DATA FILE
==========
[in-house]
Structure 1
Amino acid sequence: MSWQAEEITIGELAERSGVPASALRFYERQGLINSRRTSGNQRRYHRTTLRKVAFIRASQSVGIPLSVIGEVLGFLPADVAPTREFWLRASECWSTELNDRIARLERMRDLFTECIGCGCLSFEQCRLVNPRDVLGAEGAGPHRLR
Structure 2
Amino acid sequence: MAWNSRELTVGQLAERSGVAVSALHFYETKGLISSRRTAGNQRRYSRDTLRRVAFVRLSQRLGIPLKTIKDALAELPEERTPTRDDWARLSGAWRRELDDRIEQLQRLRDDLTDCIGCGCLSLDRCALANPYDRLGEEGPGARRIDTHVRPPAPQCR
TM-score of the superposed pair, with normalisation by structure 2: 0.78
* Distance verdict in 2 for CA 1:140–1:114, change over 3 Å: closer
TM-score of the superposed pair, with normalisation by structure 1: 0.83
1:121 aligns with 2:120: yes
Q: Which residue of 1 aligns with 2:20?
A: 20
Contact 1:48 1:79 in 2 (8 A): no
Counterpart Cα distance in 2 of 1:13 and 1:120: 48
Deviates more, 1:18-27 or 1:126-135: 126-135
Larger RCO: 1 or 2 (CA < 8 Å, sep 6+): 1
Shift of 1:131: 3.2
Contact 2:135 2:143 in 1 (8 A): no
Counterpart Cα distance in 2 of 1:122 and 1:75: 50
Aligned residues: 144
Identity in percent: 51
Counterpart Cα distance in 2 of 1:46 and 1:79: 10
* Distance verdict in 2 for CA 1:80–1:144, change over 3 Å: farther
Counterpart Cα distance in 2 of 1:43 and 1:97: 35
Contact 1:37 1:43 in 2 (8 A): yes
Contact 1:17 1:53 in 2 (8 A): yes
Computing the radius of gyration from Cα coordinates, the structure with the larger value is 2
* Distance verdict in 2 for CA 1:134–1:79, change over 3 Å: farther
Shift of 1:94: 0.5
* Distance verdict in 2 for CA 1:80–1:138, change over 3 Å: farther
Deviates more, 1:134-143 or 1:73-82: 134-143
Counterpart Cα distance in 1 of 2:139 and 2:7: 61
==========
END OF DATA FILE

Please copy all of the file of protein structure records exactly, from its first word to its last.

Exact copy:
[in-house]
Structure 1
Amino acid sequence: MSWQAEEITIGELAERSGVPASALRFYERQGLINSRRTSGNQRRYHRTTLRKVAFIRASQSVGIPLSVIGEVLGFLPADVAPTREFWLRASECWSTELNDRIARLERMRDLFTECIGCGCLSFEQCRLVNPRDVLGAEGAGPHRLR
Structure 2
Amino acid sequence: MAWNSRELTVGQLAERSGVAVSALHFYETKGLISSRRTAGNQRRYSRDTLRRVAFVRLSQRLGIPLKTIKDALAELPEERTPTRDDWARLSGAWRRELDDRIEQLQRLRDDLTDCIGCGCLSLDRCALANPYDRLGEEGPGARRIDTHVRPPAPQCR
TM-score of the superposed pair, with normalisation by structure 2: 0.78
* Distance verdict in 2 for CA 1:140–1:114, change over 3 Å: closer
TM-score of the superposed pair, with normalisation by structure 1: 0.83
1:121 aligns with 2:120: yes
Q: Which residue of 1 aligns with 2:20?
A: 20
Contact 1:48 1:79 in 2 (8 A): no
Counterpart Cα distance in 2 of 1:13 and 1:120: 48
Deviates more, 1:18-27 or 1:126-135: 126-135
Larger RCO: 1 or 2 (CA < 8 Å, sep 6+): 1
Shift of 1:131: 3.2
Contact 2:135 2:143 in 1 (8 A): no
Counterpart Cα distance in 2 of 1:122 and 1:75: 50
Aligned residues: 144
Identity in percent: 51
Counterpart Cα distance in 2 of 1:46 and 1:79: 10
* Distance verdict in 2 for CA 1:80–1:144, change over 3 Å: farther
Counterpart Cα distance in 2 of 1:43 and 1:97: 35
Contact 1:37 1:43 in 2 (8 A): yes
Contact 1:17 1:53 in 2 (8 A): yes
Computing the radius of gyration from Cα coordinates, the structure with the larger value is 2
* Distance verdict in 2 for CA 1:134–1:79, change over 3 Å: farther
Shift of 1:94: 0.5
* Distance verdict in 2 for CA 1:80–1:138, change over 3 Å: farther
Deviates more, 1:134-143 or 1:73-82: 134-143
Counterpart Cα distance in 1 of 2:139 and 2:7: 61